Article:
The rules were simple: 5 bloggers, 4 rounds, snake draft. David picked first, then Yatco, Graham, André, and Rohaan. 20 goals in total.
All goals eligible except Didier Drogba’s equalizer in the 2012 Champions League final. Too obvious.
In reverse order, these are our favorite, greatest, bestest (however each of us interpreted the rules) Chelsea goals. You will probably disagree, but you’re probably wrong.
Michael Essien vs. Arsenal, 2006
Here it is, the spark that started the big bang, the whisper that became language, the note that became music. This is why we’re here. All of this — the draft and fifteen subsequent posts — started fourteen years ago, with the outside of Michael Essien’s right boot.
The idea was to think about this goal and where it sits in the pantheon. A task that seemed simple at first: very good goal, very prominent placement. Except pesky Chelsea have not only scored many great goals, they’ve also scored a lot of goals that won decisive matches and/or delivered trophies. The ecstasy of becoming a champion spritzes an intoxicating aroma on many goals and can’t be ignored.
But one day my brain betrayed me and asked itself: What is the most beautiful goal Chelsea have ever scored? and I couldn’t answer. To me, and likely to many of you, it’s Drogba floating through the air to snap a cross through Manuel Neuer at the near post. For some of us, that’s when we knew. For the rest, it is most certainly the penalty that happened some twenty-plus minutes afterward. It was, of course and poetically, Drogba again. This time rolling the penalty into the wide-open net opposite a cascading Neuer powerless to intervene. It was the best I’ve ever felt watching a sport, how could those goals mean anything less?
Without context, though, they are just goals. The header, given Drogba’s momentum, body shape and perfectly timed snap of his neck muscles, could qualify as more than fine after a few replays, while the penalty was slow and awkward. On purely aesthetic merit, neither are worth remembering beyond an evening.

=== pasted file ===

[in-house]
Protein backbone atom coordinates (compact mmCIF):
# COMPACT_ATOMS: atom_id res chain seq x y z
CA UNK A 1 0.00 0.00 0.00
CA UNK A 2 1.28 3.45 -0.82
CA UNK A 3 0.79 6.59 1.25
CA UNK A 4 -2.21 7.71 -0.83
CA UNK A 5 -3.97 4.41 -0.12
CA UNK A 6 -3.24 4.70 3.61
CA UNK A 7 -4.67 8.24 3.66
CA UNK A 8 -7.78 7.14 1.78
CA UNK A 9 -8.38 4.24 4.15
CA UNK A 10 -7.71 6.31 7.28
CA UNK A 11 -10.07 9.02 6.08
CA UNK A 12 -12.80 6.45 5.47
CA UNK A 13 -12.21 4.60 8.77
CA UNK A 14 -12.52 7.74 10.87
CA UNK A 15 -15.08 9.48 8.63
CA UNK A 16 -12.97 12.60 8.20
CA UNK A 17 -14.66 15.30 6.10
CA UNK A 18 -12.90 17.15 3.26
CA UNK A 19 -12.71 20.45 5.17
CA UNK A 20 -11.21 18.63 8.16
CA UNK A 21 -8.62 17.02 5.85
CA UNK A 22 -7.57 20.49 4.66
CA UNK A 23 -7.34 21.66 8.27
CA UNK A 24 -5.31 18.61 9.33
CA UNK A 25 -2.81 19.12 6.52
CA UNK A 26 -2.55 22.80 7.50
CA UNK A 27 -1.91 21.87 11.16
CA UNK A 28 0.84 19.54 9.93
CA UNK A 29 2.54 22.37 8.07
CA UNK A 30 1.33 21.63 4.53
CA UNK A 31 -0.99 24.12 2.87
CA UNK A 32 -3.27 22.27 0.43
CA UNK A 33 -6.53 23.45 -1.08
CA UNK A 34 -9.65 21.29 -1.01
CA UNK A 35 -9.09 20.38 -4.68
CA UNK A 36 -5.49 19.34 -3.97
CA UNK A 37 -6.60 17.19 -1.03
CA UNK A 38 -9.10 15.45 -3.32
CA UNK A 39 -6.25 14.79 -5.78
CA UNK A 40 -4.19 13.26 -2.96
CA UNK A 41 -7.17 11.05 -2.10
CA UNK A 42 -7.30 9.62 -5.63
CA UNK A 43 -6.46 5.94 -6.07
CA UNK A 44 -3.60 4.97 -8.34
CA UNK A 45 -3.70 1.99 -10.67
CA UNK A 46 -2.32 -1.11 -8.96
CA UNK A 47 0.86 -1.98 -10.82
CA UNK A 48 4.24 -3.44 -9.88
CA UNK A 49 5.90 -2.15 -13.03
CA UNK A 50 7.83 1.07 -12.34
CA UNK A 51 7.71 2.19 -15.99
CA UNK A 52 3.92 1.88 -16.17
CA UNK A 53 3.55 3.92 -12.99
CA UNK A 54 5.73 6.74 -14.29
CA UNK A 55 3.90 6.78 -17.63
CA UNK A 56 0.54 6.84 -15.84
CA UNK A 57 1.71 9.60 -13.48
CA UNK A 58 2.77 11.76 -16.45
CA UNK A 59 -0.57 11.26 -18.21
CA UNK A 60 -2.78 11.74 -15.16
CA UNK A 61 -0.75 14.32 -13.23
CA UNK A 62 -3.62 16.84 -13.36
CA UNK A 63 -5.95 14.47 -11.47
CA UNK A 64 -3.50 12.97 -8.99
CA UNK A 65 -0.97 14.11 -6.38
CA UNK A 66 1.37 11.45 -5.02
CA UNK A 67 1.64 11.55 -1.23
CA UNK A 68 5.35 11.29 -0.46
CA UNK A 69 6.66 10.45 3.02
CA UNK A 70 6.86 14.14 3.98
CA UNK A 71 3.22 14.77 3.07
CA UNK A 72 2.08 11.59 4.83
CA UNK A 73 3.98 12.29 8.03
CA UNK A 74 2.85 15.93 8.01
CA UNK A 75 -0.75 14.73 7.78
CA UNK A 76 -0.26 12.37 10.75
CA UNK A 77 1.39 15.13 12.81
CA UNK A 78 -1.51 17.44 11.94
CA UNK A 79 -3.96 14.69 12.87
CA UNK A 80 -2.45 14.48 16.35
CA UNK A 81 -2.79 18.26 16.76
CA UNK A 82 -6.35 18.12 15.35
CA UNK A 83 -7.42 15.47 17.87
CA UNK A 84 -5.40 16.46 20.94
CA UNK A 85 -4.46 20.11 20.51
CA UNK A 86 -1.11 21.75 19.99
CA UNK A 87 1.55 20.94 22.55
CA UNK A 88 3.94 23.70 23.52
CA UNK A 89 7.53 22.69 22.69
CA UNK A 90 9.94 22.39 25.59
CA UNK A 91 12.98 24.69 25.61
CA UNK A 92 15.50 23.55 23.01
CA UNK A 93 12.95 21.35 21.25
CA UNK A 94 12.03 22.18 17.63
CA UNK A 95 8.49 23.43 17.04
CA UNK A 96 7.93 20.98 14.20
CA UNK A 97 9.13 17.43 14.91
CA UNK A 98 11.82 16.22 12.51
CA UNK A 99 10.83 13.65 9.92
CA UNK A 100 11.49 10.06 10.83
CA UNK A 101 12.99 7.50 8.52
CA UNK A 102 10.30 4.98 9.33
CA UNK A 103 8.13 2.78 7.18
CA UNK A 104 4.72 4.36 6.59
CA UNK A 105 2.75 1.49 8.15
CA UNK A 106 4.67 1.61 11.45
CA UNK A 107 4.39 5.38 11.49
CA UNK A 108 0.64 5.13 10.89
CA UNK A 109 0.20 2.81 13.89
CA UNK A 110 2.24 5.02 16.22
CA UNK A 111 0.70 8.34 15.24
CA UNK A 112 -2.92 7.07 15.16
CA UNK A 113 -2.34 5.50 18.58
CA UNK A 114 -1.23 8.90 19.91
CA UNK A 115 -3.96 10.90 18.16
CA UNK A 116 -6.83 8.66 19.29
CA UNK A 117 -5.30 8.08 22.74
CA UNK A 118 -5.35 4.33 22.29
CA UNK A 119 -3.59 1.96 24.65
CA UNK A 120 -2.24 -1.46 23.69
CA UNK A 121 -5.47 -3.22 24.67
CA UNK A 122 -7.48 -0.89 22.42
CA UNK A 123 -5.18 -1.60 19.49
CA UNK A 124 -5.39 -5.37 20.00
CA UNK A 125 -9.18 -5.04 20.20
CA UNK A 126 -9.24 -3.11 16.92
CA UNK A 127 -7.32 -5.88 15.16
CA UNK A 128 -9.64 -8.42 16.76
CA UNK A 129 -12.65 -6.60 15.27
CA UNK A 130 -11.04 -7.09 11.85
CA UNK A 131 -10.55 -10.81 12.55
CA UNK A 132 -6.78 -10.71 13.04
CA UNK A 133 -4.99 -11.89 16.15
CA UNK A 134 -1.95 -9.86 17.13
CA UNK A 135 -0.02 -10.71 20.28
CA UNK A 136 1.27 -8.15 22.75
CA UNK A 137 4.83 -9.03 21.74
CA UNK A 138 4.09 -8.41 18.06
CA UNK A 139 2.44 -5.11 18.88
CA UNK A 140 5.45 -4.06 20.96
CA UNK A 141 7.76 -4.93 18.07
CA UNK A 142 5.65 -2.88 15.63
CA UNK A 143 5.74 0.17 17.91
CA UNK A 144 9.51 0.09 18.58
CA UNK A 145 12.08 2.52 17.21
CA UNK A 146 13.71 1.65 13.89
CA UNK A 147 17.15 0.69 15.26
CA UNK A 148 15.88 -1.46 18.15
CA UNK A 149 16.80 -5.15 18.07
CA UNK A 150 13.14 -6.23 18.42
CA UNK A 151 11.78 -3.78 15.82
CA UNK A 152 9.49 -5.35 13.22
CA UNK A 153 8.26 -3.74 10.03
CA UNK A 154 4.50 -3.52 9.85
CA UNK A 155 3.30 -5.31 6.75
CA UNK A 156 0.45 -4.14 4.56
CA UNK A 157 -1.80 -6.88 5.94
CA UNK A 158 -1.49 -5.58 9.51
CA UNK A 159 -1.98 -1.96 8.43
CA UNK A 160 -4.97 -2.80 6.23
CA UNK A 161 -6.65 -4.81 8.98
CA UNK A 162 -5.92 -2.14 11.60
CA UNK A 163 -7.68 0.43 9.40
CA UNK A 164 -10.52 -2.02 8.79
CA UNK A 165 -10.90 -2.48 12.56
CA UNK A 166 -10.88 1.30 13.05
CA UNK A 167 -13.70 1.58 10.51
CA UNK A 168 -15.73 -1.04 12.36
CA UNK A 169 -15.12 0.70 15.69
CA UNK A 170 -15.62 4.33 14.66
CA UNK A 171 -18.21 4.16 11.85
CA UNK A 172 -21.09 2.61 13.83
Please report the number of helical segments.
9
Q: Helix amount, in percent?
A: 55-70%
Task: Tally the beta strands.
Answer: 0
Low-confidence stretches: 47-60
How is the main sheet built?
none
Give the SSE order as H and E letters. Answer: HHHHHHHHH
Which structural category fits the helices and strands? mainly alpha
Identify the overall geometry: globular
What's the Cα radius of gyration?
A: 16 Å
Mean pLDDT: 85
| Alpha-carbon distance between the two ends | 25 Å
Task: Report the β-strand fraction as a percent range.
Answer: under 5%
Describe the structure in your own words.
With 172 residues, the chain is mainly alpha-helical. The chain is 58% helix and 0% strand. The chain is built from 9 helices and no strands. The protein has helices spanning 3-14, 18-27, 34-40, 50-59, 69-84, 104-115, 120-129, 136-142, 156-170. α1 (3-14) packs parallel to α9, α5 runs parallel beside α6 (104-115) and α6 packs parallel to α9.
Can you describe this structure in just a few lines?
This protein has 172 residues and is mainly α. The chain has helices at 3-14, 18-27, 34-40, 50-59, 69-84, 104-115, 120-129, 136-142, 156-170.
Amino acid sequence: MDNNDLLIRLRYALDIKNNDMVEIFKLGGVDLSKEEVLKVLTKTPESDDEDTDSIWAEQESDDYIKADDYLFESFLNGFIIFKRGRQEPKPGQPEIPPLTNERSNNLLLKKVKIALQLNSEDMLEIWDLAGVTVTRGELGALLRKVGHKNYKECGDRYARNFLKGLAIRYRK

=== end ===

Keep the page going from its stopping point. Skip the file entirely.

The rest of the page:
Thus the dilemma was crafted. What is Chelsea’s most beautiful goal?
Allowed to roam free, my brain made a beeline to the outside of Michael Essien’s right boot. Many things can happen on a football pitch and in a football match, some horrific, some funny, some annoying, some thrilling, some boring. We all know this, and it’s a large part of why we watch. But even the most avid football watcher would be lying if they told you that they ever expect the unboxing of a celestial gift. Though the possibility exists in every fixture, their rarity and spontaneity makes them an unreliable place to hang expectations. But when they happen — my god, when they happen.
On this day, 10 December 2006, and in this match, it happened. As most of you know, I am wont to over-describe things I love. I do this in part because I want someone to see something as I’ve seen it. The good news for me, and certainly some of you, is that this goal does all of the work for me, and exists beyond hyperbole.
Its mechanics of are simple — rather than force the ball into the box, Frank Lampard lays the ball back to his midfield compatriot for safe keeping while the team plots another route of attack. Essien, however, accepted the gently rolled back pass instead as an invitation. Cutting across the ball with his right boot, he lifted it and himself off the ground, sending the former toward goal on a trajectory that defies belief. Not hyperbole, the movement of the ball is quite literally unbelievable.